None of our pics convey how high above the water the bridge was, so I am borrowing a couple of video-still images from Michal Rej, a hardcore Polish 4WD adventurer and former 4WD rally champion who we would meet a few days down the line, and who also crossed this bridge this summer. The image above shows how narrow the bridge was, the images below give some context as to how high above the river it was.
Nothing we have conveys the awesome power of the river or the incredible speed and volume of flow.
Not surprisingly, I was humbled and exhausted by that crossing. The scale and power of the river was so intimidating. I cant put it into words, the sense of relief at having made it over. I almost collapsed with exhaustion, as much from nervous tension as the physical effort I imagine. Before I had much of a chance to take stock of where Tony was, Terry yelled out to grab my clothes, which I had strewn over my bike so I could cool down, as a storm was on the way.
I grabbed my things and we ran under the bridge as the storm moved in at 50 km/h. The rainfront sped across the river and drenched me as I ran to join Terry beneath the bridge. Within 30 seconds we had gone from good light and high cloud to low cloud dumping rain. More of nature humiliating us. The skies were almost black within another minute or so and in the near black skies I saw a huge bolt of lightning smash into the railway bridge 200 hundred yards to our right. 3 seconds later probably the loudest thunder crash I had ever heard. I hoped Tony was OK up there somewhere half way across the bridge. Movement was impossible in this. Terry and I, now cowering under the bridge as the storm picked up intensity, could only hope Tony had laid the bike down and had braced himself.
The wind picked up faster and faster until it must have been a 80 - 100 km/h (50-60 mph) wind. Poor Tony. It was freezing cold and super windy where we were, on the shore, underneath the bridge, but he was out there, 15 metres above a 600 metre wide river in and incredible burst of wind that lasted at least 3 minutes. I tried to stare down the underside of the bridge, seriously expecting to see a bike and rider blown off it and into the Vitim River, but the rain was too think and visibility was too poor.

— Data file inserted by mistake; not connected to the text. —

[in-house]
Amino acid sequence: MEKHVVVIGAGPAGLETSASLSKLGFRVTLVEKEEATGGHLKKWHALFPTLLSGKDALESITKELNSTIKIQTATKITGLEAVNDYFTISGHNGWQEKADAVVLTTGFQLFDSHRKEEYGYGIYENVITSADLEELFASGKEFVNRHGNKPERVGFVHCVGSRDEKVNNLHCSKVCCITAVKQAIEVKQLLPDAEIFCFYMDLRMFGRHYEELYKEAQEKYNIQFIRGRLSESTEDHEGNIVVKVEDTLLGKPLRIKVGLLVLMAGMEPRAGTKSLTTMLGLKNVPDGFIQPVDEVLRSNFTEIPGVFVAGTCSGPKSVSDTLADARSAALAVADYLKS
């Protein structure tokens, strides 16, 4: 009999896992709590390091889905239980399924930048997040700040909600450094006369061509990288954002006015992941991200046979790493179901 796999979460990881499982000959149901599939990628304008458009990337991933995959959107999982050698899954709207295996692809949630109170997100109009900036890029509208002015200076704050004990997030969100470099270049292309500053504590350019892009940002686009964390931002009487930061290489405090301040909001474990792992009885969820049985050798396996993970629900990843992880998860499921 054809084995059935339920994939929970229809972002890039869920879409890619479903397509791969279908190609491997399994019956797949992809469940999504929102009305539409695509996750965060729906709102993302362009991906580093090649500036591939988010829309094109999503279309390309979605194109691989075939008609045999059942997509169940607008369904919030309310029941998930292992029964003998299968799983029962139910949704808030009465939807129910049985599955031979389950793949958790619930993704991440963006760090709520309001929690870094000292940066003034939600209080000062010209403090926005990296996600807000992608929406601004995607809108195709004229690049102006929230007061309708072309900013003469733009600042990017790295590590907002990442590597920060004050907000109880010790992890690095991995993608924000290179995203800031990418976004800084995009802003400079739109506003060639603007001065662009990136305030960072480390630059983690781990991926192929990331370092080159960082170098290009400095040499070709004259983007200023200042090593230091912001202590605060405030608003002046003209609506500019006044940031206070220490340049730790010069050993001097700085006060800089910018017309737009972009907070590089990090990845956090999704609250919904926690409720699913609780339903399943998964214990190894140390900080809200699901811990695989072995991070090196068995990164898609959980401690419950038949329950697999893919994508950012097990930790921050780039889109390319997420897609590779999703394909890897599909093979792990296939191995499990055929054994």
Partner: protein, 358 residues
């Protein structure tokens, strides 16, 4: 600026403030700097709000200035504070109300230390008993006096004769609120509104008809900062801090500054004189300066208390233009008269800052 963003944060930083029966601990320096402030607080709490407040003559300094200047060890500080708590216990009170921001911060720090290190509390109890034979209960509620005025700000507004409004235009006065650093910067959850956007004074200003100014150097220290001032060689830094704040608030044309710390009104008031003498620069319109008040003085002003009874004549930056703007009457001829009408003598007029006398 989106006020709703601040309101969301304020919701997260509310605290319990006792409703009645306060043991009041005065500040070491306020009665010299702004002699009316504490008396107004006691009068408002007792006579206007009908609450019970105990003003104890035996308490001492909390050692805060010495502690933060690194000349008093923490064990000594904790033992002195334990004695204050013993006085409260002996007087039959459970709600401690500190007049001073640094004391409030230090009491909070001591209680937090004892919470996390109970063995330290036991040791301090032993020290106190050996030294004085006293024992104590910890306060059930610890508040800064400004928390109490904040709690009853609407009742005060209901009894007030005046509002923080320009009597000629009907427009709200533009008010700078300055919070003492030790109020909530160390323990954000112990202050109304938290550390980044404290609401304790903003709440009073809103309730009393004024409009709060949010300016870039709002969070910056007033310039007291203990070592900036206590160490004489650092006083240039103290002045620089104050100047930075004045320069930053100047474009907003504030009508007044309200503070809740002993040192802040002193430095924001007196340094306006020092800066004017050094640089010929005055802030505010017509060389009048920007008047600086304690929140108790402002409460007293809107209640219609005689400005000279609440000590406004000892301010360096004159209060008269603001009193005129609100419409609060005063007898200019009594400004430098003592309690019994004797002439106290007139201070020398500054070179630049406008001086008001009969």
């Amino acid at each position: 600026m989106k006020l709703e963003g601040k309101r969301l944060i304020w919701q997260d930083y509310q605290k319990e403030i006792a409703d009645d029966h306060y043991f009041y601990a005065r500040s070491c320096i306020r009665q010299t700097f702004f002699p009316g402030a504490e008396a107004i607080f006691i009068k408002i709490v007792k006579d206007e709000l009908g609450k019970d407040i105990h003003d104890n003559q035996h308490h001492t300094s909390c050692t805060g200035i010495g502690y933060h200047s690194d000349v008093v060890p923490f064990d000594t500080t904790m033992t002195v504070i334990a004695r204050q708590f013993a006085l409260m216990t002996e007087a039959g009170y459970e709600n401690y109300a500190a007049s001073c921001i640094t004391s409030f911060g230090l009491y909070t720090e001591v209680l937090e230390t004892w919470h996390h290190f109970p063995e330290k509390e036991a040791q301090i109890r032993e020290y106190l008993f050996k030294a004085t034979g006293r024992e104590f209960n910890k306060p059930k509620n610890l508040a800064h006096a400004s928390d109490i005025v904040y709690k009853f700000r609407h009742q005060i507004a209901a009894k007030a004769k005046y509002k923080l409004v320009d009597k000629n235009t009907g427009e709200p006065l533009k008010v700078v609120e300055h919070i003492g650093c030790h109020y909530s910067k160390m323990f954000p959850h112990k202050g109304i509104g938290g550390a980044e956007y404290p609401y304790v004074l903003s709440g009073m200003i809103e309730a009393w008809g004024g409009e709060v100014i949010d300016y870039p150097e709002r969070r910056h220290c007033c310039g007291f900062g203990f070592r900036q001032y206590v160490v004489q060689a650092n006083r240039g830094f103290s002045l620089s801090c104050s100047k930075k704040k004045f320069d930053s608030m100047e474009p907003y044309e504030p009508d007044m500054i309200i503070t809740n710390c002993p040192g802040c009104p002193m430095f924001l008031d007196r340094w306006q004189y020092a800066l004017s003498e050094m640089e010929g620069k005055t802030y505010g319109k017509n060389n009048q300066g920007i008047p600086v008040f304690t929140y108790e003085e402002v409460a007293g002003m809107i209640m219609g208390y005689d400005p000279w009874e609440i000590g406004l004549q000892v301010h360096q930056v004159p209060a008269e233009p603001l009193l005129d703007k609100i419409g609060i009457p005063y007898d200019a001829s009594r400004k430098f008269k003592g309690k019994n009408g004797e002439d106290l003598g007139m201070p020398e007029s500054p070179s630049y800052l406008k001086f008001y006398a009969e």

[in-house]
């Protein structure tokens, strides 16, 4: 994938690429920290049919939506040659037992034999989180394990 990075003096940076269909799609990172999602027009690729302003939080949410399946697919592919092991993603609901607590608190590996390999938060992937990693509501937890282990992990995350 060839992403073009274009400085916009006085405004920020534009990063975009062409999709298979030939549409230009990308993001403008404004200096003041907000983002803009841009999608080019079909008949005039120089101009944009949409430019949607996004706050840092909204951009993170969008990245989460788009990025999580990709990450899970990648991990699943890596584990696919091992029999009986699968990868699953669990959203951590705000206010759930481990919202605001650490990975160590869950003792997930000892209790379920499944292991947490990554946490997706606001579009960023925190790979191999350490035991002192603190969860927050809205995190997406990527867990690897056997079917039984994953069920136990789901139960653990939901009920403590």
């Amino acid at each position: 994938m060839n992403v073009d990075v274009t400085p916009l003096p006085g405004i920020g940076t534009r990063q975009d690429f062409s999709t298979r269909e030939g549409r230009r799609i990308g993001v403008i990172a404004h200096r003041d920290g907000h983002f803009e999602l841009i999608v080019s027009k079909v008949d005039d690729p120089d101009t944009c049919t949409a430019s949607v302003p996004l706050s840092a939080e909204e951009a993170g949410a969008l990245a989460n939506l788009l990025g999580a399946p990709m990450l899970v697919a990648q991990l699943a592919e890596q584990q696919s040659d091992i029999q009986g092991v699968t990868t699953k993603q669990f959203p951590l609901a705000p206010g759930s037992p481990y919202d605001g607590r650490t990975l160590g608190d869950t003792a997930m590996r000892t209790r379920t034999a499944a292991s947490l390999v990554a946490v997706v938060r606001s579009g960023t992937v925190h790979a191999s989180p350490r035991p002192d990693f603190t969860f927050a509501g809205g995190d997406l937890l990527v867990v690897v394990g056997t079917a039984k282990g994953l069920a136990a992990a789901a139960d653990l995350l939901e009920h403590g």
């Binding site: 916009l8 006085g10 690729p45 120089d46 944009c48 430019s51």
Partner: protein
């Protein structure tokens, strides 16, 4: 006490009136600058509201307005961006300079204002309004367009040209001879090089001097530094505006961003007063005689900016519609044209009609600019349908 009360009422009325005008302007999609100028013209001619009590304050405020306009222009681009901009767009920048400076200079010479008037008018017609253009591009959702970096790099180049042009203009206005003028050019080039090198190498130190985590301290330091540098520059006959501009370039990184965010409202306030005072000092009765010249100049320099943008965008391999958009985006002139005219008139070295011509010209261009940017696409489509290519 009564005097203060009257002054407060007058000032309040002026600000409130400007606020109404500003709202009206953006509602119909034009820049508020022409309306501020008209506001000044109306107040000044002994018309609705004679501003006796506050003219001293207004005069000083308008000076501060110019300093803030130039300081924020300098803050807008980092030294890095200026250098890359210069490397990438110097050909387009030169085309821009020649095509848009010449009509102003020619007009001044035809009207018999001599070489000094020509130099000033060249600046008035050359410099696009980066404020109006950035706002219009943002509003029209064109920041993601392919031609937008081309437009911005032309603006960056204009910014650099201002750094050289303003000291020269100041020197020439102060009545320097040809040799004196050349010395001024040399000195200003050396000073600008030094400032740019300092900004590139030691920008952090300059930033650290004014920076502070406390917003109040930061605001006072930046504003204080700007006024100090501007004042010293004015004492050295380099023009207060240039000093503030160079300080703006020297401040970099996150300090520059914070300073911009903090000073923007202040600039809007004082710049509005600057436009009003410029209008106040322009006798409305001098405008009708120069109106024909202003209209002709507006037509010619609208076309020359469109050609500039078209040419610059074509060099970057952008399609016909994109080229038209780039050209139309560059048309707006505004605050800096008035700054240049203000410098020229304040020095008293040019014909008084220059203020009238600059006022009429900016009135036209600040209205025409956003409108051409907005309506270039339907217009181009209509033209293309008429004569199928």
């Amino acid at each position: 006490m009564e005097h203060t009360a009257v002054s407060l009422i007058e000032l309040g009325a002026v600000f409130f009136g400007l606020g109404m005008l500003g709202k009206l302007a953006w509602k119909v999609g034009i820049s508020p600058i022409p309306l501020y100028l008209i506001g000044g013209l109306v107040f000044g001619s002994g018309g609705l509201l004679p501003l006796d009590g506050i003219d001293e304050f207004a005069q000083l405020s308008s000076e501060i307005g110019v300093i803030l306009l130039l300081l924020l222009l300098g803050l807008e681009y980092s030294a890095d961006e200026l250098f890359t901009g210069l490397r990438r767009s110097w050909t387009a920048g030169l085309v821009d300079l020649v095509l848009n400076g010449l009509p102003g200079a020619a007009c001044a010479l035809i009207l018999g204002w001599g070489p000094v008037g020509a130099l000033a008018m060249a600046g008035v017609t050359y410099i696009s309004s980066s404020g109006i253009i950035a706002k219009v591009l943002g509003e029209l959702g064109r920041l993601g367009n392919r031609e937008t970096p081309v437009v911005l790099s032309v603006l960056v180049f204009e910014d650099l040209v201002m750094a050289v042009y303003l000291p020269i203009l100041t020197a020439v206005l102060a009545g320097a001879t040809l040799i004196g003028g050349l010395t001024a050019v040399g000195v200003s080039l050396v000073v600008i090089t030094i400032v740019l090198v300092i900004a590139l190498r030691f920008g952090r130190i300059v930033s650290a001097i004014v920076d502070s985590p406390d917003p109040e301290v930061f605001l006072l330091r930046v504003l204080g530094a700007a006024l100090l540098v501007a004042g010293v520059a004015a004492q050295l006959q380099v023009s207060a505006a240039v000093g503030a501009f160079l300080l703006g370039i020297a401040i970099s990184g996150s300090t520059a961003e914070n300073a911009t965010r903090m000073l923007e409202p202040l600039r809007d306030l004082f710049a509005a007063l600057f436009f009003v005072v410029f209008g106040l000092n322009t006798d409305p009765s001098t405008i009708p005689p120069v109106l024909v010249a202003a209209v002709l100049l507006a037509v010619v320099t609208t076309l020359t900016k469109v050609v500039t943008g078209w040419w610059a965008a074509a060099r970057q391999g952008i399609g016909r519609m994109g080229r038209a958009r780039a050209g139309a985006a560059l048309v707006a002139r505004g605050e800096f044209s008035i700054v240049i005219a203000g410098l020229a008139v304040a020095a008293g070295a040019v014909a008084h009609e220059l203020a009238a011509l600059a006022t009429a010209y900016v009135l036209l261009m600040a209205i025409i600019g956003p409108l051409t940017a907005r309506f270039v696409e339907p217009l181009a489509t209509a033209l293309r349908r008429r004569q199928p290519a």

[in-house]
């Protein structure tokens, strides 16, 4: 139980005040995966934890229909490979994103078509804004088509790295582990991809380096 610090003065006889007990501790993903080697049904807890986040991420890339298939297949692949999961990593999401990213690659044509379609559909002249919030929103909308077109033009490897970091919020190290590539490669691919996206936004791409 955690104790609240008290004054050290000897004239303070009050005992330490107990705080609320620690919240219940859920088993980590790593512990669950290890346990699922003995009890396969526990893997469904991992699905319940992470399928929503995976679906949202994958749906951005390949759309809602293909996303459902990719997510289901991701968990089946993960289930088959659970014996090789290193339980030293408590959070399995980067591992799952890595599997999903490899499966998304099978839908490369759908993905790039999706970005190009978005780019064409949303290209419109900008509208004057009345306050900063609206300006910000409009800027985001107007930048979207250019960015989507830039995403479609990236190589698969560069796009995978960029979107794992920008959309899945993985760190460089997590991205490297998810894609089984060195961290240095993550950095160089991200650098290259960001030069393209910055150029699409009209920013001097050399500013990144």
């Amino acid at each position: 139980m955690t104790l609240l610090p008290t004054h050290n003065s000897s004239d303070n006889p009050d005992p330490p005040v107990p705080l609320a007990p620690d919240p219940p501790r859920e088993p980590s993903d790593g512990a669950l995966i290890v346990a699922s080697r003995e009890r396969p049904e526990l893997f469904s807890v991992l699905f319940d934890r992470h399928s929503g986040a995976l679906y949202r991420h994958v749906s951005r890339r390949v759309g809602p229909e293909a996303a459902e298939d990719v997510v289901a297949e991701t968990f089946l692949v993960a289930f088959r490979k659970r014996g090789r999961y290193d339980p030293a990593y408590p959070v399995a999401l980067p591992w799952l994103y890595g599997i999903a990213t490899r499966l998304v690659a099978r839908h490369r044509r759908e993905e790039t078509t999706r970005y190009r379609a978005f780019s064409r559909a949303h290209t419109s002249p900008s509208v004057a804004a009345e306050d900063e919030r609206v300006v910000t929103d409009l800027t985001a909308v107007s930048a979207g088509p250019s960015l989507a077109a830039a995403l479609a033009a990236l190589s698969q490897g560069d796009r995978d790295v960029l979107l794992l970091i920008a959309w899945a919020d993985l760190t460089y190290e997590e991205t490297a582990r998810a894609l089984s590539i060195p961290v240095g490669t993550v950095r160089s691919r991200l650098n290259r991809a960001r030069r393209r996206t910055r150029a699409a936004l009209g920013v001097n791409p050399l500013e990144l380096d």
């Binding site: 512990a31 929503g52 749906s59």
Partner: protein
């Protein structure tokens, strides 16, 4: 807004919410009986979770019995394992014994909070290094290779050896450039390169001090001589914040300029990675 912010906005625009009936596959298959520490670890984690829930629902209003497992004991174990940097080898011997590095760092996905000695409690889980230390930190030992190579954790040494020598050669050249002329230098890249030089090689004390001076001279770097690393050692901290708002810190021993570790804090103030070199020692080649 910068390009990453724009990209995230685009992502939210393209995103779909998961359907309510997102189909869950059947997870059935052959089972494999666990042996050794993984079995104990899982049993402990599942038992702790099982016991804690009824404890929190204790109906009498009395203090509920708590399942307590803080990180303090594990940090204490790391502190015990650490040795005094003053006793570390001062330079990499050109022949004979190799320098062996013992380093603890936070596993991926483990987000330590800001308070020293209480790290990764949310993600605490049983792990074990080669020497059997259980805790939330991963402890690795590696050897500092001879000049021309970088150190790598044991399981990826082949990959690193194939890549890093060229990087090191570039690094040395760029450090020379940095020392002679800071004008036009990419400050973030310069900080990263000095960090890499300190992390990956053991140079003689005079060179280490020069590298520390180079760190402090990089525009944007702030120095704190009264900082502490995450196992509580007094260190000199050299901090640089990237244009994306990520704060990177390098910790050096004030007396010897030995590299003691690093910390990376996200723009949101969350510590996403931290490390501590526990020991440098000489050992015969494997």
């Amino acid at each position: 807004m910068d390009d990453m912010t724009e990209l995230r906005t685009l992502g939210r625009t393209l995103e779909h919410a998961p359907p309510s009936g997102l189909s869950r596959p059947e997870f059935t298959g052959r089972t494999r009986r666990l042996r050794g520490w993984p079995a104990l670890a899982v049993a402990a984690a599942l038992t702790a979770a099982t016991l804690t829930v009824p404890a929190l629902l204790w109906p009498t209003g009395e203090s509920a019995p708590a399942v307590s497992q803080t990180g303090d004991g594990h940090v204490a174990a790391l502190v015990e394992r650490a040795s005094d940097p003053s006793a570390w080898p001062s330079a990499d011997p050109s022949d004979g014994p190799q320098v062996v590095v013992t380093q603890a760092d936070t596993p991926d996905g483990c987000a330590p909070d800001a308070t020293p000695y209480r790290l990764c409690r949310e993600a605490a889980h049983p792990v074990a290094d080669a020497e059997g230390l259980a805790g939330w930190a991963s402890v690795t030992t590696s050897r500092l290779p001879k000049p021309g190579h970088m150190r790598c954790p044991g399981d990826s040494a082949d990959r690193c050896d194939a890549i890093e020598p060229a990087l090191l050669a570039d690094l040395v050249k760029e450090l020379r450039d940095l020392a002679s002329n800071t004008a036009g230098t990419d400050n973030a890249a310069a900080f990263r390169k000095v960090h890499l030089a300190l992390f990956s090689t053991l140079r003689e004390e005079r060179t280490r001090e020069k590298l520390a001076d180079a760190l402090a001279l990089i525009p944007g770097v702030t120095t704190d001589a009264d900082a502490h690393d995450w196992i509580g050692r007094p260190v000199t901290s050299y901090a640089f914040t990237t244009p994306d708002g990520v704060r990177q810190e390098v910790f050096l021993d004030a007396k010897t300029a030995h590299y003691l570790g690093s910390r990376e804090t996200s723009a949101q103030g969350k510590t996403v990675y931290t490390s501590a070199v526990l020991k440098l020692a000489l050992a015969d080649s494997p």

As the wind died down it started hailing. Nature was making us look like idiots and imbeciles. We could hardly have looked smaller. After about 15 minutes, the extremes died down and it settled into just a rain storm. No more lighting, no more thunder, no more hail and no more gale force winds - just rain.
Terry and I waited for the rain to die down before we came out to search for Tony but before we could emerge from our meagre shelter, I heard noises coming from the bridge above. Terry ran around and up and there was Tony. Drenched from head to toe, but his bike and himself had made it across the Vitim.
I have seen balls in my time, but never anything like that. That river, that bridge, that storm, and Tony made it across by himself.
The guy has nuts of tungsten.
I would very much like to invite Tony and Terry to add their thoughts on the Vitim River Bridge crossing.